Individual Body Tissue Distribution Varies Considerably within and between Adjacent Body Mass Index Classifications in the Elderly

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The body mass index (BMI) is an indicator of body composition (BC) and adiposity in particular. This status is the result of good correlations with indirect two- and three-component models predicting adiposity. The BMI has become the most widely used measure to diagnose obesity and yet no accepted ranges of fat percentage exist. Although being overweight or obese is strongly associated to excess mortality in large cohorts, the accuracy of BMI in detecting excess body adiposity in individuals is largely unknown. Moreover its direct relationship with anatomical tissues in general and subcutaneous, intra-peritoneal and intra-muscular adiposity in particular is not established. Concurrently emerging evidence indicates that health-related assessment of BC in the elderly is more appropriate if muscle mass and adiposity are considered jointly, instead of separately. However it remains unclear how BMI (weight/height²) and/or waist circumference (WC) relate to body tissue distribution in the elderly. Therefore the relationship of BMI and WC with body tissue masses, with muscle/adipose tissue mass ratios and with trunk adipose tissue distribution was explored by direct cadaver dissection. For this purpose post-mortem whole BC and segmental adipose tissue composition of twenty-nine Belgian elderly persons (17 females and 12 males, aged 78.1 +6.9 years) was determined at the anatomical tissue-system level: i.e. skin, muscle, adipose tissue, viscera and bones. Results indicate that BMI and WC are significantly related to adipose and non-adipose tissue masses in both sexes. Whole body muscle mass, and whole body and segmental adipose tissue masses corelated better with BMI (r-values between 0.61 and 0.90) than with WC (r-values between 0.49 and 0.83) BMI was also significantly and inversely related with various muscle/adipose tissue ratios in both sexes (r-values between -0.54 and -0.68), and was positively related with trunk adipose tissue distribution (i.e. ratio of internal/total body adipose tissue and ratio of internal/subcutaneous trunk adipose tissue) in elderly females (r-values between 0.50 and 0.54), but not in males. Although BMI and WC are significantly related with muscle/adipose tissue mass ratios in elderly subjects, persons with similar tissue mass proportions do not necessarily fit within the same BMI of WC risk-category. The use of BMI and/or WC for the comparison of individual BC is therefore limited, particularly in the intermediate ranges. Since individual body tissue distribution varies considerably future research should focus on adjusting BMI and WC, or on developing more valid anthropometric parameters for clinical decision making in elderly persons.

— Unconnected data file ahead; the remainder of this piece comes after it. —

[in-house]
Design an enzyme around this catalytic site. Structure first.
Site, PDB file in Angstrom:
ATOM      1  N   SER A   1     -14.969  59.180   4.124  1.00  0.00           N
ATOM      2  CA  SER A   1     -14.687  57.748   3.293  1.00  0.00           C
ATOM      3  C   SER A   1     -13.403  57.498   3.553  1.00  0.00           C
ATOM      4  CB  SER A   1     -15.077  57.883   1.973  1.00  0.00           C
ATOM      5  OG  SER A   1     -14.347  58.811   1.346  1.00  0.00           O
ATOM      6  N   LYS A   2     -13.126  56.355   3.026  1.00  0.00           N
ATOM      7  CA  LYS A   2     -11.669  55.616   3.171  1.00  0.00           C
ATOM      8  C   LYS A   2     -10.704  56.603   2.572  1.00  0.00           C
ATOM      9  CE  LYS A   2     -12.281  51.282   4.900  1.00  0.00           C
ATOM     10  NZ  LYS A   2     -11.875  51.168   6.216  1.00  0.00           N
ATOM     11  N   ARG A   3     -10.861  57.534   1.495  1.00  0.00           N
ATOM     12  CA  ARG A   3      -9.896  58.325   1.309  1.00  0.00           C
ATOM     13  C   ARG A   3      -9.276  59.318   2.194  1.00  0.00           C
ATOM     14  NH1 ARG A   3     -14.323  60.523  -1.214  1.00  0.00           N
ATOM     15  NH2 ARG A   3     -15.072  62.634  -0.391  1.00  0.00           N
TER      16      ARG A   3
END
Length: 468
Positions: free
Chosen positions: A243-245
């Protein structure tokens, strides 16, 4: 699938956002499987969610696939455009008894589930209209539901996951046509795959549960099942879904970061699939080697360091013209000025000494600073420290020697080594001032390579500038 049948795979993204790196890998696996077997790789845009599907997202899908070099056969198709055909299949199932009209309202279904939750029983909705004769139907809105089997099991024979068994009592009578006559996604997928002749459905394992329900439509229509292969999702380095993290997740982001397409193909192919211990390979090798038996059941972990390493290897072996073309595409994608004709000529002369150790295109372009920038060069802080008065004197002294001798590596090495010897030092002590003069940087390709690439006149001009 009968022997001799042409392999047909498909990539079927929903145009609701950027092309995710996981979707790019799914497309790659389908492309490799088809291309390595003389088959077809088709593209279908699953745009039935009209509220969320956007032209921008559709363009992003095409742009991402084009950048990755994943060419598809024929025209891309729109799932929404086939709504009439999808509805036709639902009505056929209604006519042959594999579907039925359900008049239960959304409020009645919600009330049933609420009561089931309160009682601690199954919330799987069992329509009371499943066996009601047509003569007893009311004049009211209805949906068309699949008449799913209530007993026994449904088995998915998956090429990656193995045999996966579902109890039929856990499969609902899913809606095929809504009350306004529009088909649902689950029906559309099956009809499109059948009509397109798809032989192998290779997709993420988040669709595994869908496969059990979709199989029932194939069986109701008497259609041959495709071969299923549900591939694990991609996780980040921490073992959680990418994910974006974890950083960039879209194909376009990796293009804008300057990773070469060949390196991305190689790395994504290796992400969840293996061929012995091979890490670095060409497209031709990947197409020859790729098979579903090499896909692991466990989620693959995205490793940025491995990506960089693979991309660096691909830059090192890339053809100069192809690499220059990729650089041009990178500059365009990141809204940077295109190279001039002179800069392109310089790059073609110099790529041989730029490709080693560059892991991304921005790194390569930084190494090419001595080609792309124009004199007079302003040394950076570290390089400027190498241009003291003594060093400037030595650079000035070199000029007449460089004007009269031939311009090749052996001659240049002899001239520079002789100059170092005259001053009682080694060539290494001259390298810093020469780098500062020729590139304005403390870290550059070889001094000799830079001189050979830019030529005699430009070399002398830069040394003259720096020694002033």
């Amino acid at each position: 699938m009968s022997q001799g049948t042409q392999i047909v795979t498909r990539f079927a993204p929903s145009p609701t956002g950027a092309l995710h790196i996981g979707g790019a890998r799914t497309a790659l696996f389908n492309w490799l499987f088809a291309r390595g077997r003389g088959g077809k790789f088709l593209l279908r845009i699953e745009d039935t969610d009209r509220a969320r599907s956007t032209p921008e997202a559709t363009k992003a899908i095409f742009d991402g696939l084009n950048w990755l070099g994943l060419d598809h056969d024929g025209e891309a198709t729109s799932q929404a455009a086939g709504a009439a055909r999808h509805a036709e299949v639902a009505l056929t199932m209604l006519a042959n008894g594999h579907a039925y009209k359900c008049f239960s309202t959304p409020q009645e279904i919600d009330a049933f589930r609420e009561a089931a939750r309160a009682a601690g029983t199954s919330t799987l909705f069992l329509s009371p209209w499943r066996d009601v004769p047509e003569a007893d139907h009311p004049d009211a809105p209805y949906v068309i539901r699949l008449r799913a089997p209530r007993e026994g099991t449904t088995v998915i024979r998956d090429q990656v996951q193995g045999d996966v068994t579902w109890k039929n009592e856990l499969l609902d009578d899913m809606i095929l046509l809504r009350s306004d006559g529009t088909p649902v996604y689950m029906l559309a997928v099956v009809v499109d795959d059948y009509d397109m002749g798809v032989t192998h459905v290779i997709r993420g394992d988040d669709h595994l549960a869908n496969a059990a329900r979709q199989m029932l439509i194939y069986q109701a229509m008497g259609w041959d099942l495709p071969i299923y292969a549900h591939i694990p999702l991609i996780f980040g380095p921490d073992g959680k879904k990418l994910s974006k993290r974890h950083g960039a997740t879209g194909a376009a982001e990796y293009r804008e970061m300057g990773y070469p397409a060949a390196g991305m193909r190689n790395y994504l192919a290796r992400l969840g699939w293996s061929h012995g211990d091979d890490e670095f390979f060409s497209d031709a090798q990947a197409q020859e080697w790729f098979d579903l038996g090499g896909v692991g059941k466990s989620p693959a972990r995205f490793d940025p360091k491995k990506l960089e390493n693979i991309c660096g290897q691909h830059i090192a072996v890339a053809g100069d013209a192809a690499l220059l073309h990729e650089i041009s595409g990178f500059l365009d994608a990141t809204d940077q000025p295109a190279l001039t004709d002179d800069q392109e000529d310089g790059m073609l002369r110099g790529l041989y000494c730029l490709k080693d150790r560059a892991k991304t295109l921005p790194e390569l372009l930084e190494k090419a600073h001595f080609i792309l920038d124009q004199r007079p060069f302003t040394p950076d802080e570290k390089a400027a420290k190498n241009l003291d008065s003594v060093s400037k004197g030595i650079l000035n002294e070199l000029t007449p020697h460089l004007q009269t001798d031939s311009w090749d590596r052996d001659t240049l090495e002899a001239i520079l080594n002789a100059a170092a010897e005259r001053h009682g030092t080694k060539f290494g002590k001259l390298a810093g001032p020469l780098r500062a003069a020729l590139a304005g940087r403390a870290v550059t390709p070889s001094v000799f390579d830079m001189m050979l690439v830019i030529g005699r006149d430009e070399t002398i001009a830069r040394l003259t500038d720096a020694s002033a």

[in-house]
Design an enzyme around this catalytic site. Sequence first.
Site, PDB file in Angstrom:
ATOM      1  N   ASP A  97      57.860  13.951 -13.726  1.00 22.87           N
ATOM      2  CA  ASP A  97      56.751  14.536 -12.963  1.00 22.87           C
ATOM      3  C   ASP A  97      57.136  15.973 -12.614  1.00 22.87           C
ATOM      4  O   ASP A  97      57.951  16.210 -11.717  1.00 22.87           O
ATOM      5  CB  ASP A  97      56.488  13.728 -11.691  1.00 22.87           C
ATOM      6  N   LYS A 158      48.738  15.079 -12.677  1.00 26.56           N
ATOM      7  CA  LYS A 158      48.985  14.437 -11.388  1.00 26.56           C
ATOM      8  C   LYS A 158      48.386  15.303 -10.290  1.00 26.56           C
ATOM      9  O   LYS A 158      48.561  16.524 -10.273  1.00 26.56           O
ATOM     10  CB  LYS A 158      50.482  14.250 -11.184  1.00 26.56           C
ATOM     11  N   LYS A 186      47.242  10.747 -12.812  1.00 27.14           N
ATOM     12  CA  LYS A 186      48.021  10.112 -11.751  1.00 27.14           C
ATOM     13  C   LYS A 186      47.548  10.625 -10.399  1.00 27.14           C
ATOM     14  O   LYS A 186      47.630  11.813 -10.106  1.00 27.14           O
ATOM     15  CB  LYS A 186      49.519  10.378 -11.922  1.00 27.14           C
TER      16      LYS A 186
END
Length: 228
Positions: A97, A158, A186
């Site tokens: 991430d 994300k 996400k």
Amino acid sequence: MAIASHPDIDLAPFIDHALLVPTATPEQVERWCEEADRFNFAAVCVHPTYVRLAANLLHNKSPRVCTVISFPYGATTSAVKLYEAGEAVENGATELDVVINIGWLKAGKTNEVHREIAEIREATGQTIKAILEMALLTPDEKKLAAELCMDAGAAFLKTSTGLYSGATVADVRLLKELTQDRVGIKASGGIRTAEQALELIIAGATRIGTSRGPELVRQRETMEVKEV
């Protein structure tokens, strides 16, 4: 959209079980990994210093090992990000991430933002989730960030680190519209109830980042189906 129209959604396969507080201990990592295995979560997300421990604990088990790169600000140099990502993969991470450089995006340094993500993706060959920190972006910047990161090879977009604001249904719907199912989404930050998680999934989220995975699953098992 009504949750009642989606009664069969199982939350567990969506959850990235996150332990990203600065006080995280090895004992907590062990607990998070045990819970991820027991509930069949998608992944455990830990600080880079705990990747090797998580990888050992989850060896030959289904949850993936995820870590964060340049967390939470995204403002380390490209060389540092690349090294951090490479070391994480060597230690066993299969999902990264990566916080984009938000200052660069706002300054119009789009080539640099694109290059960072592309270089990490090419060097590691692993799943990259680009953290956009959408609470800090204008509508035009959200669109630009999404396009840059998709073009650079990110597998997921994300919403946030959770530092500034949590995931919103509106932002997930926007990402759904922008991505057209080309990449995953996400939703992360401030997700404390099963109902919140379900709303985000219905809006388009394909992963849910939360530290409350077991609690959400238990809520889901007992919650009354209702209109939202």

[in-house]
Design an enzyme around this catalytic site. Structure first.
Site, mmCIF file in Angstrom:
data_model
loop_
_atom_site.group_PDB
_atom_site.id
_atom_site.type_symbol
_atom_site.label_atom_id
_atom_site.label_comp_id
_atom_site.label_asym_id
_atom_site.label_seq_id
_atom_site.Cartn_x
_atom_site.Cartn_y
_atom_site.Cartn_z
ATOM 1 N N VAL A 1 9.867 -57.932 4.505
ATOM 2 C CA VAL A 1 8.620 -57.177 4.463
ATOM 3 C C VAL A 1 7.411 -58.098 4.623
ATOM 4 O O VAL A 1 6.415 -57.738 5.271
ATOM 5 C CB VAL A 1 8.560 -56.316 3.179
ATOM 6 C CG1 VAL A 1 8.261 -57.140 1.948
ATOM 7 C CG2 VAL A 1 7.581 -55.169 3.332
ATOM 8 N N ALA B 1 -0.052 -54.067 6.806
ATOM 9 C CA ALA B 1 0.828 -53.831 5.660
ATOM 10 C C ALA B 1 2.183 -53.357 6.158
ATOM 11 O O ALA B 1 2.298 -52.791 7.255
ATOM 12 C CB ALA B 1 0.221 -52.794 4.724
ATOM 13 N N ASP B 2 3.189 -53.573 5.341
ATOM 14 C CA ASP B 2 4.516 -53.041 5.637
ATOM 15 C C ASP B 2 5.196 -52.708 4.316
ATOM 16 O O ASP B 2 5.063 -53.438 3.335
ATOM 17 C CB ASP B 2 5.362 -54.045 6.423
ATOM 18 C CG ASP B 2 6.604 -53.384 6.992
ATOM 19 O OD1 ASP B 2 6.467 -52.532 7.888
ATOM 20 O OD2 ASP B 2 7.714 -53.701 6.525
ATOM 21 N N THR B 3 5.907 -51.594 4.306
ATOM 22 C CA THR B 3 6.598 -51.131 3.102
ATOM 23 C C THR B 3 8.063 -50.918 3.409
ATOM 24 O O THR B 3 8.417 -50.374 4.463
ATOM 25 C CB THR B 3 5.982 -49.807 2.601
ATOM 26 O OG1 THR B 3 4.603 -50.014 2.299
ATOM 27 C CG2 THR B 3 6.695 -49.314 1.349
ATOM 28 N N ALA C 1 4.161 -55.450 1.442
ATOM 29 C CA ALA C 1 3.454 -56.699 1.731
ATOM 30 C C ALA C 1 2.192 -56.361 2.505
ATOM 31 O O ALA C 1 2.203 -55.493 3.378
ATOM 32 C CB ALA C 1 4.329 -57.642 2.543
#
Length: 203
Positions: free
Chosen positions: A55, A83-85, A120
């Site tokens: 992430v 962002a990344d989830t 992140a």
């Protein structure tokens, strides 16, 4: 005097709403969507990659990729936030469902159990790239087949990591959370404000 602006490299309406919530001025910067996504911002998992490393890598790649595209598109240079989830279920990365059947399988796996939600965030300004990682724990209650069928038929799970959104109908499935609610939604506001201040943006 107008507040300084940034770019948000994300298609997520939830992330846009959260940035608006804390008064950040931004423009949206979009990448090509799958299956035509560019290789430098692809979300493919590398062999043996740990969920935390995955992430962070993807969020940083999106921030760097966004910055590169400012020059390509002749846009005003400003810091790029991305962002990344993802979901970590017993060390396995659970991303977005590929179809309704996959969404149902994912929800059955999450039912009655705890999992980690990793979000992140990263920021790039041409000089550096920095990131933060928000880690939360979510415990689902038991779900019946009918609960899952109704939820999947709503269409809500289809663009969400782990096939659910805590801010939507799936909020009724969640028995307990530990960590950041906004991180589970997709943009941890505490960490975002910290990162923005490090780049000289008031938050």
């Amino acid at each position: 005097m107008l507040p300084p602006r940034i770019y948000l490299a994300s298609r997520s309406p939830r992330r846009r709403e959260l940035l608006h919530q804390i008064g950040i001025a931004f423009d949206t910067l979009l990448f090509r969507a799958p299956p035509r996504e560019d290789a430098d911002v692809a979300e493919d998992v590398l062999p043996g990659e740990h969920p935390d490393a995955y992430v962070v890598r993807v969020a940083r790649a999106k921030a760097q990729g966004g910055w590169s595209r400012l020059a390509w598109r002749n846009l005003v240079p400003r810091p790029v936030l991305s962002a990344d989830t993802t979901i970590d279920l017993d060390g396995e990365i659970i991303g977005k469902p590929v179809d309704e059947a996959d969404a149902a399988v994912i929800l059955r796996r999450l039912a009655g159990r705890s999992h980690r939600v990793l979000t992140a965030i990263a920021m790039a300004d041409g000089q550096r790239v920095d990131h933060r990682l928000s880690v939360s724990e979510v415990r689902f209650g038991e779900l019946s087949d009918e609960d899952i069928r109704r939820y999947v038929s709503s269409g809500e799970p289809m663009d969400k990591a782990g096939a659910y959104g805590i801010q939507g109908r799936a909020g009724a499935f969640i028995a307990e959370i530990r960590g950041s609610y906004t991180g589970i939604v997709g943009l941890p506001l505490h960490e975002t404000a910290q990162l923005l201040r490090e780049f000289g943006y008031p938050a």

Originele taal-2English
TitelNew Trends in Body Mass Index Research
RedacteurenA. Vermeulen, E. De Smet
Plaats van productieNew York
UitgeverijNova Science Publishers
Aantal pagina's22
ISBN van elektronische versie978-1-61942-436-4
ISBN van geprinte versie978-1-61942-430-2
StatusPublished - 2012

Publicatie series

NaamHuman Anatomy and Physiology

Bibliografische nota

A. Vermeulen and E. De Smet


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